In a sermon last year he said, “We understand that there have been restraints on government. But enough is enough! Excuses do not provide housing and shelter. The time is past when we could glibly blame our apartheid past for problems of today. We have to be proactive. We need to do something about situations in which we find ourselves, and enlist the support and co-operation of the community.” His church is “called to address the civic and political leaders of the day urging them to be good stewards so that the corruption of which we have seen so much evidence is rooted out of our society”. As he puts it, “the whole question of values is one of the key issues that we have always to put before the eyes of the people. That there are human values. That what matters is what enhances the quality of the other person’s life.” His now famous anger about the way in which the Eastern Cape’s pensioners continue to be treated by the provincial government must be seen in this light. He was not scoring political points. He was thinking about people. “What we found inexcusable was the fact that the department knew that there was no money but they still let those old people come — pensioners — and stand in the sun and then be told there’s no money.”

Although he probably would not thank you for putting it this way, Archbishop Ndungane is much more interested in class than in race. “The eradication of poverty is a number one priority the world over. When I became Archbishop, I identified that as the key issue. This is the greatest legacy that we have inherited from apartheid. There can never be development, there can never be peace, there can never be stability in the world, in our country, as long as we don’t address this issue.” Asked what particular poverty alleviation mechanisms he has in mind for South Africa, he prefers, once again, not to be too specific. He cites William Temple, Archbishop of Canterbury during the Second World War: “The duty of the church is to enunciate Christian principles and leave it to individuals to work out the practicalities.” He will be chairman of the hearings on poverty which have been convened by the South African Council of Churches, the Human Rights Commission, the South African NGO Coalition and Cosatu. At these, he hopes the voices of the poor themselves will be heard.

Despite his reticence, it is fairly clear where his own policy preferences lie. William Temple is an interesting choice of authority. Temple was on the left of the British politics of his time. Among the Christian principles which he enunciated was the nationalisation of all monopoly industries. Ndungane would not be so old-fashioned, but it is clear that his mind runs on similar interventionist, Keynes-ian, Christian socialist paths. He has suggested in his sermons a scheme for South Africa along the lines of the post-war Marshall plan of reconstruction for western Europe. Unlike the current government, he would not regard IMF orthodoxy — fiscal discipline and deficit-cutting — as the only possible economic policy.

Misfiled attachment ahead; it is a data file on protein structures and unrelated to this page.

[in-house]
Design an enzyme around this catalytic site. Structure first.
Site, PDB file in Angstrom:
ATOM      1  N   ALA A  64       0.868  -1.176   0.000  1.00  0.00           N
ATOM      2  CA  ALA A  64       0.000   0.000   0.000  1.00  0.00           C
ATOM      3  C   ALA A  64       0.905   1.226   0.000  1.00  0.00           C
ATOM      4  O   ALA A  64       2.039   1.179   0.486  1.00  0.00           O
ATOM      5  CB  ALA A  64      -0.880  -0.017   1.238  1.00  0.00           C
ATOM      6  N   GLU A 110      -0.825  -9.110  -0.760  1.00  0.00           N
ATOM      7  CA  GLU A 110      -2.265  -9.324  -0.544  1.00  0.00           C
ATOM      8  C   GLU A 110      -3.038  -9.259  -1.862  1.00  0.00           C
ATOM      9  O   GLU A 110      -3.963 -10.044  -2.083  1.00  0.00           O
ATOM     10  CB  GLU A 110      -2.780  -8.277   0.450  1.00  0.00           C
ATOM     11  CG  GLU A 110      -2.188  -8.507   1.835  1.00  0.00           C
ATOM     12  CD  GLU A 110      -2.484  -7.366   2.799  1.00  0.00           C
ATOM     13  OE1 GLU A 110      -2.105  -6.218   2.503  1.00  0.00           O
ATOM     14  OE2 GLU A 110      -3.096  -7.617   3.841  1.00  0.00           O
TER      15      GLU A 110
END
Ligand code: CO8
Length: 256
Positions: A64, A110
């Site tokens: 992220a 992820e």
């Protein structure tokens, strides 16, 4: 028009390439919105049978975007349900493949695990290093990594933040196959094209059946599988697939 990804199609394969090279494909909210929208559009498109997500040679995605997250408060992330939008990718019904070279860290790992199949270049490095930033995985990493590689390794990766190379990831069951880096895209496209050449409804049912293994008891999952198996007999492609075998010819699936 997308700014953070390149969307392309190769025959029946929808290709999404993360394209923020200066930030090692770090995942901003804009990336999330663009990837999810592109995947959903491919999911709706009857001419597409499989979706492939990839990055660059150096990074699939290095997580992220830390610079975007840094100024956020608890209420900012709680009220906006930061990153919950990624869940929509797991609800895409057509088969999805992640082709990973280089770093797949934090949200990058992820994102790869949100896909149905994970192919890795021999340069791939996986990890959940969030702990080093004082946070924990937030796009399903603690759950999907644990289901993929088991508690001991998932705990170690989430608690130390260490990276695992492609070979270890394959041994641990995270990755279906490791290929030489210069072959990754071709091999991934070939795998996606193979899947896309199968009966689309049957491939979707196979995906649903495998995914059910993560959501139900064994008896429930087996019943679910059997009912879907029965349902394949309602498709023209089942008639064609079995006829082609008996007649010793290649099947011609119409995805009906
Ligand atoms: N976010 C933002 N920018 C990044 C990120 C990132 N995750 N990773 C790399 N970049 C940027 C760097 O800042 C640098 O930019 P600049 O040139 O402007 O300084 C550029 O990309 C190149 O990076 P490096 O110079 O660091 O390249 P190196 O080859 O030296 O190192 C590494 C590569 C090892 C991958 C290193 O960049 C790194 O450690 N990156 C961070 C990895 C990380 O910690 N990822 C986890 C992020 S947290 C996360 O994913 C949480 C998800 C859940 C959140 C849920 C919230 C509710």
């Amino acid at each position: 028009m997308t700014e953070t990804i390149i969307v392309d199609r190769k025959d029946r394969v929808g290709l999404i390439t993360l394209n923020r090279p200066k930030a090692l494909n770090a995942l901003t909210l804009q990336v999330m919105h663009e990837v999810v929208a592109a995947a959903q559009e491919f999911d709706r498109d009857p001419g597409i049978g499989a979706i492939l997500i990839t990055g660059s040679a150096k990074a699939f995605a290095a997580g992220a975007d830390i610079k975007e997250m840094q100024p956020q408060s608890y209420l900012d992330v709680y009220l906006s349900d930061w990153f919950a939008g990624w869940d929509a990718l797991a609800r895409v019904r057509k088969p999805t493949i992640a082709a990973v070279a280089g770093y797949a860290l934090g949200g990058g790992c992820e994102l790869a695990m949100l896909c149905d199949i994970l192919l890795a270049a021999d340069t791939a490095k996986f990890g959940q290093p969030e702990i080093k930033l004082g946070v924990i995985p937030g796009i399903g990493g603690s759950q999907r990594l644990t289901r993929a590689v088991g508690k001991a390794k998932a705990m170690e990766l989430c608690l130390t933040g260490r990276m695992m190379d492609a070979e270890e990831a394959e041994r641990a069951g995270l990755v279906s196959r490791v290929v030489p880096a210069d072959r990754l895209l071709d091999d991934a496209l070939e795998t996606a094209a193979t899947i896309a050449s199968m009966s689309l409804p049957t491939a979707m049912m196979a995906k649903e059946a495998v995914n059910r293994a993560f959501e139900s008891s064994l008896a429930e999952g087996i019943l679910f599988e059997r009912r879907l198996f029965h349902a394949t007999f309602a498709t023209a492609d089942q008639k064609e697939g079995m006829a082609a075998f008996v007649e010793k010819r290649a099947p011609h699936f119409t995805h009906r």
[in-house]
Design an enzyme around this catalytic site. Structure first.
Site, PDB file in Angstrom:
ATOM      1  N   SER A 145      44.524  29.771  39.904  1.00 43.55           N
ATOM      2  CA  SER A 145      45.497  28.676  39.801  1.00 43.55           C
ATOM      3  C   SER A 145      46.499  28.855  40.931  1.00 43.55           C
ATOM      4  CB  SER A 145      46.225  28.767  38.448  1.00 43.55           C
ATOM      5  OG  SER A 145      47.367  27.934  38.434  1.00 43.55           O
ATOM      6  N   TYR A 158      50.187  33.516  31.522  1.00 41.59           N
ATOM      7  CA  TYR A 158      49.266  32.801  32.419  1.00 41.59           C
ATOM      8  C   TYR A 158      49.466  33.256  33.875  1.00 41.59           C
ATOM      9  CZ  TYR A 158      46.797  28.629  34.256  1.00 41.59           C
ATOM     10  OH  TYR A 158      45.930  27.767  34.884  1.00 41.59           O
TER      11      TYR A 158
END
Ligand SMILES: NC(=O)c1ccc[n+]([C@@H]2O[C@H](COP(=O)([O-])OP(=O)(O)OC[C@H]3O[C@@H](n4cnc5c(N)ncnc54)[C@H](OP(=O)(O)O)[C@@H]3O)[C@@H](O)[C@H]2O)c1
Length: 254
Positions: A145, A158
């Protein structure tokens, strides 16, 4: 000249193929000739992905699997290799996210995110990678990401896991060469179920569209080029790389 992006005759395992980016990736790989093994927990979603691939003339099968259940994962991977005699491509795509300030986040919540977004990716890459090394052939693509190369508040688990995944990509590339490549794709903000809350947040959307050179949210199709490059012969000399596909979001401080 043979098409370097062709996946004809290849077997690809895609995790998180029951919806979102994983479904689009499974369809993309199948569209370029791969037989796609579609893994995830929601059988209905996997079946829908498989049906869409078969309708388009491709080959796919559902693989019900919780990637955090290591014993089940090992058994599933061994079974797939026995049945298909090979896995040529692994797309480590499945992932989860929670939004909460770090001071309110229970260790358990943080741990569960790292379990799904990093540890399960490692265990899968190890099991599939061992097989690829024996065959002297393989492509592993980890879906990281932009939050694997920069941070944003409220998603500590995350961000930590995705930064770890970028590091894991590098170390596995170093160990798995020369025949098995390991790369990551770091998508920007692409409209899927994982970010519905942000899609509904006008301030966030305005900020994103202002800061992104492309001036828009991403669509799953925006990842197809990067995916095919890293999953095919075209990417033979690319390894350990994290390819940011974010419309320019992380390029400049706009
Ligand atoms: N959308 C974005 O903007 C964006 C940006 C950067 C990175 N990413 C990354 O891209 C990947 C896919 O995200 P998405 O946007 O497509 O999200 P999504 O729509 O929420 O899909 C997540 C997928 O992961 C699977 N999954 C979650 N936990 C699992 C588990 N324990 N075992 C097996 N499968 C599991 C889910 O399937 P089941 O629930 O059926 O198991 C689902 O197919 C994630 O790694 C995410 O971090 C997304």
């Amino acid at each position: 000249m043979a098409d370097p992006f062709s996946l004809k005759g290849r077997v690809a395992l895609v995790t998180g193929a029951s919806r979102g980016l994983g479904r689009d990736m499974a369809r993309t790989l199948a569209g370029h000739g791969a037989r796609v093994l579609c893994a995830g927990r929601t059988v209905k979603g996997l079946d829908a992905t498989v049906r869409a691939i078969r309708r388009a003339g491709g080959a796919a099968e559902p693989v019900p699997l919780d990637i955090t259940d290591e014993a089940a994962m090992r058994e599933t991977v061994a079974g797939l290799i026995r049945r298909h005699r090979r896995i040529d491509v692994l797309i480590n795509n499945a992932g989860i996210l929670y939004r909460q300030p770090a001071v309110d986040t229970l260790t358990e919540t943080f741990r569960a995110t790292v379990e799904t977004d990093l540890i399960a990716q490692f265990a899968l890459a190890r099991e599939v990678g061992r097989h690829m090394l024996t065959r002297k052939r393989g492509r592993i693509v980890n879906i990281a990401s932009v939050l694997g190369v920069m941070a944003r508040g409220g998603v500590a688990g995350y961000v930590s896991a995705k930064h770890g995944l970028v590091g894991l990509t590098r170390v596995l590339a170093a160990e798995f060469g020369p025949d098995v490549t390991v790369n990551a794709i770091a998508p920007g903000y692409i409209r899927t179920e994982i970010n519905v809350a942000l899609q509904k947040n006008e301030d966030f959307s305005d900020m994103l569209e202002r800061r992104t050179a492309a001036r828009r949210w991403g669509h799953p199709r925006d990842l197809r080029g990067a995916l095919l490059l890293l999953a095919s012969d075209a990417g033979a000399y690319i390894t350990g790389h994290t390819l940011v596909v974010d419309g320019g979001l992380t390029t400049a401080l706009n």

What sort of relationship, then, does Njongonkulu Ndungane think the Anglican church ought to have with the government? The policy which he has adopted goes by the name of “critical solidarity”. This may have sounded falsely reassuring in official ears. According to Ndungane, when he meets ministers, they tend to say to him, “Archbishop, critical solidarity!”, with the accent very much on the latter word. Ndungane replies, “Of course,” even to the Minister of Defence, and proceeds to discuss with him the need to convert Armscor and Denel from military to civilian production and the desirability of releasing SANDF land for housing.

This is the “solidarity” part of the programme; a very demanding sort of solidarity. “Our benchmark is what fulfils justice by God’s standards. In spite of all the negatives we see around us, corruption, crime, violence, we’ve emerged from a baptism of fire. We now have a solid foundation, the elements for a sustainable democracy. We have a new constitution, we have a bill of rights, we have a constitutional court, we have a commission for human rights, we have a gender commission, we have a public protector. Our responsibility as society and as church is to ensure that those democratic principles are strengthened and enhanced. And so in terms of solidarity with government, we will move in the direction of entrenching democratic principles.”

The Anglican Archbishop, in other words, seeks to defend all the liberal features of the constitution. Once again, though, he goes further. His solidarity with the government extends to demanding that they fulfil all their delivery promises — with, of course, the enthusiastic help of the church. The government may very well wonder, if that is solidarity, what on earth could criticism from the Archbishop be? The answer is simple. “The critical part of it is if the government fails to deliver.”

Archbishop Ndungane lacks the extraversion, utter frankness and intense personal magnetism of his predecessor. He is reserved and bookish, well-read in church history and given to quoting important theologians — Karl Barth, Hans Kung, Reinhold Niebuhr — in his sermons and conversation. If he had been born in another time or place, it is easy to imagine him getting on with his theology, being an effective and compassionate priest. The political pressures that will inevitably be placed on him could cause him to subside into those roles. However, a faith created on Robben Island is very likely to withstand all the pressures that can be placed on Bishopscourt.